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KFC is going to sell plant-based fried chicken

First comes a test at one Atlanta location. But then you might be able to get fried Beyond Chicken in buckets nationwide. Will you be able to tell the difference?

KFC is going to sell plant-based fried chicken
[Photo: KFC]

A year ago, Kentucky Fried Chicken had no plans to put plant-based chicken on its menu in the U.S. But tomorrow, the chain will become the first national quick-service restaurant to introduce the food, beginning with a limited test in a single Atlanta restaurant.

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KFC worked with Beyond Meat, known for supplying plant-based beef to chains like Carl’s Jr. and Del Taco, to develop “Beyond Fried Chicken,” available as nuggets and boneless wings. In May, not long after Burger King announced plans to offer the plant-based Impossible Burger nationwide, KFC’s U.S. president, Kevin Hochman, told Business Insider that he’d started meeting with potential suppliers to talk about the possibility of alternative chicken, something that he hadn’t considered seriously in the past. “If you would have asked me six months ago, I would have said no, to be completely honest with you,” he said at the time. “Because, we’re about fried chicken.”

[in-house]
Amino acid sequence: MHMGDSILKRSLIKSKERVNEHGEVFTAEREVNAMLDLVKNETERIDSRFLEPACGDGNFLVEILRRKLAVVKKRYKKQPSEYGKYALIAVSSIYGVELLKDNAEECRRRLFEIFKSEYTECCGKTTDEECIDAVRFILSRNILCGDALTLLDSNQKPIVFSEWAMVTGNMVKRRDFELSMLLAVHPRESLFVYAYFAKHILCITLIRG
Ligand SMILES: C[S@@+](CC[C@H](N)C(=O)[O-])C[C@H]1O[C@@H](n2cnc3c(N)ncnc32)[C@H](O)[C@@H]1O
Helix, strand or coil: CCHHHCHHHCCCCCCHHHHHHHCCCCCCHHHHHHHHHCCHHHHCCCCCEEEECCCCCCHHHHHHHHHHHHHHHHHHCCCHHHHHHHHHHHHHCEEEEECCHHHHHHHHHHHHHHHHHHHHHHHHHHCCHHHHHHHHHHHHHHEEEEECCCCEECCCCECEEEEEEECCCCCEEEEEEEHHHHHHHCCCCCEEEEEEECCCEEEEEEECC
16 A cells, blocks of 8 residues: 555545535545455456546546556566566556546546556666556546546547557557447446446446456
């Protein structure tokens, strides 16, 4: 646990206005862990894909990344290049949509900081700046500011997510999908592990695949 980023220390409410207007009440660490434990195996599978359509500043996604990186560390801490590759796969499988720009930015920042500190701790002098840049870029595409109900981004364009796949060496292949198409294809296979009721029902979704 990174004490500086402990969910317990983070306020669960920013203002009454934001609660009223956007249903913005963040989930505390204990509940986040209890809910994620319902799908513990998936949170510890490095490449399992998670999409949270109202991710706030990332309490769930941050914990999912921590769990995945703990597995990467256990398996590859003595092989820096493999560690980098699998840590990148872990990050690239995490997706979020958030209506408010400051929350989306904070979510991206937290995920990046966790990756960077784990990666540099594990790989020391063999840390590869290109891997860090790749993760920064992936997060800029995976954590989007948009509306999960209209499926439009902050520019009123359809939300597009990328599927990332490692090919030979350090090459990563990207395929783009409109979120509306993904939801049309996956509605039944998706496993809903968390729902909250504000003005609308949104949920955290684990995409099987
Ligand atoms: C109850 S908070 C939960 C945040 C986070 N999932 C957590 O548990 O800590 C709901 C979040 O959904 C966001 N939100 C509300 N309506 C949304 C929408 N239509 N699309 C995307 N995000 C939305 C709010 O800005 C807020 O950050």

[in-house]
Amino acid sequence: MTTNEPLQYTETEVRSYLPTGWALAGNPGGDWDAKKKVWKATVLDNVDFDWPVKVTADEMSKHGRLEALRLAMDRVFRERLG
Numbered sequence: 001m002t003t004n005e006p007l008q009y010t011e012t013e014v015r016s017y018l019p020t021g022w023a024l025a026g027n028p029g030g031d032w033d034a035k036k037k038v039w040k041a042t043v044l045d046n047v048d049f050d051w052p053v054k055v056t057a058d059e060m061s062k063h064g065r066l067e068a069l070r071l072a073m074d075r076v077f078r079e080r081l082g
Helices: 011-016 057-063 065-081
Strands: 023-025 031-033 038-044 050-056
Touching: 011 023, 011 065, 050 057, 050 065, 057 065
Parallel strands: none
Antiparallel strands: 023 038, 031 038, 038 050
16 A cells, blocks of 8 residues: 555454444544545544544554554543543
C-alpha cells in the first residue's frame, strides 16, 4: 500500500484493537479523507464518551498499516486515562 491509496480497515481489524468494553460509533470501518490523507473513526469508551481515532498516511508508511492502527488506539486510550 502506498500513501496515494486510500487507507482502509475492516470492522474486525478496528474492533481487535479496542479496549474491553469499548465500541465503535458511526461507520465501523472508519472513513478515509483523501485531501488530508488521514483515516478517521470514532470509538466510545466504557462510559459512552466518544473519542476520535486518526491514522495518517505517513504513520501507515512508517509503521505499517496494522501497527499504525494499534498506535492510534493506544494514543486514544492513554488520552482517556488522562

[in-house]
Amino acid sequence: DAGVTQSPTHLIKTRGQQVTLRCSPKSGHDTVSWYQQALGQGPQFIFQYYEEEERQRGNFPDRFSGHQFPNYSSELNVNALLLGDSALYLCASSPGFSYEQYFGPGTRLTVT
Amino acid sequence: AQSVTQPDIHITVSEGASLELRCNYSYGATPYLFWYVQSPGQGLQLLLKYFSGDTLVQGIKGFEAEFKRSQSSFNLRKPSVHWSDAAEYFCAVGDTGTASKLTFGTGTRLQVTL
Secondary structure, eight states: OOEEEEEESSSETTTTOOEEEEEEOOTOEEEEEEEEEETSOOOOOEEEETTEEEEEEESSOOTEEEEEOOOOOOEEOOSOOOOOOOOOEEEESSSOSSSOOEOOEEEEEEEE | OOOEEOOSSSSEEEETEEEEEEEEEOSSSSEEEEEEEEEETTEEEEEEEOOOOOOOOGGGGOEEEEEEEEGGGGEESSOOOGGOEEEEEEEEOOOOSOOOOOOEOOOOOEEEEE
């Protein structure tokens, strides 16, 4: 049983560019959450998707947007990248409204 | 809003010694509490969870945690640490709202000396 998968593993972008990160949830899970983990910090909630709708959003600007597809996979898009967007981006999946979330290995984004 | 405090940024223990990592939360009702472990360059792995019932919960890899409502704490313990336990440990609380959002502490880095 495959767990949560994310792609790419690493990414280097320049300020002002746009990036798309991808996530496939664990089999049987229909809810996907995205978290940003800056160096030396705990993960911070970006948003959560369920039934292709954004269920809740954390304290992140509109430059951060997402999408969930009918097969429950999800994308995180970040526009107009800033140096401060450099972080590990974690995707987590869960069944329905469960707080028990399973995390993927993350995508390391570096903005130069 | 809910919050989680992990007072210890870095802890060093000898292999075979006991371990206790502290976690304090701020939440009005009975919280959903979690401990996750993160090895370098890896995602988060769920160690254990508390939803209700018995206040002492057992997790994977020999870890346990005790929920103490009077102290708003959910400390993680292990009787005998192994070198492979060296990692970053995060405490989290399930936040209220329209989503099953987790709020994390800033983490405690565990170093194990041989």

In the U.K., KFC launched a version of vegan chicken in June, with its “Imposter” burger made with a “chicken” fillet made from Quorn, which sold out in four days with sales 500% higher than the chicken-based version. The U.S. part of the chain chose to use Beyond’s version of chicken because it closely replicated the taste of KFC’s regular chicken; in a release, Hochman said that customers “will find it difficult to tell that it’s plant-based.” In an R&D lab, Beyond Meat carefully works to duplicate the exact texture and flavor of animal-based meat.

Beyond CEO Ethan Brown calls the KFC launch a “tipping point” for the chicken category. It’s one more sign of the explosive growth of plant-based meat. Sales of the food have grown 37% over the past two years in the U.S., according to research from the nonprofit Good Food Institute, which compares plant-based meat to the early stages of plant-based dairy; right now, plant-based meat makes up 2% of the total market for meat sales, whereas plant-based dairy makes up 13%. Closing that gap is a market opportunity worth $9 billion.

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About the author

Adele Peters is a staff writer at Fast Company who focuses on solutions to some of the world's largest problems, from climate change to homelessness. Previously, she worked with GOOD, BioLite, and the Sustainable Products and Solutions program at UC Berkeley, and contributed to the second edition of the bestselling book "Worldchanging: A User's Guide for the 21st Century."

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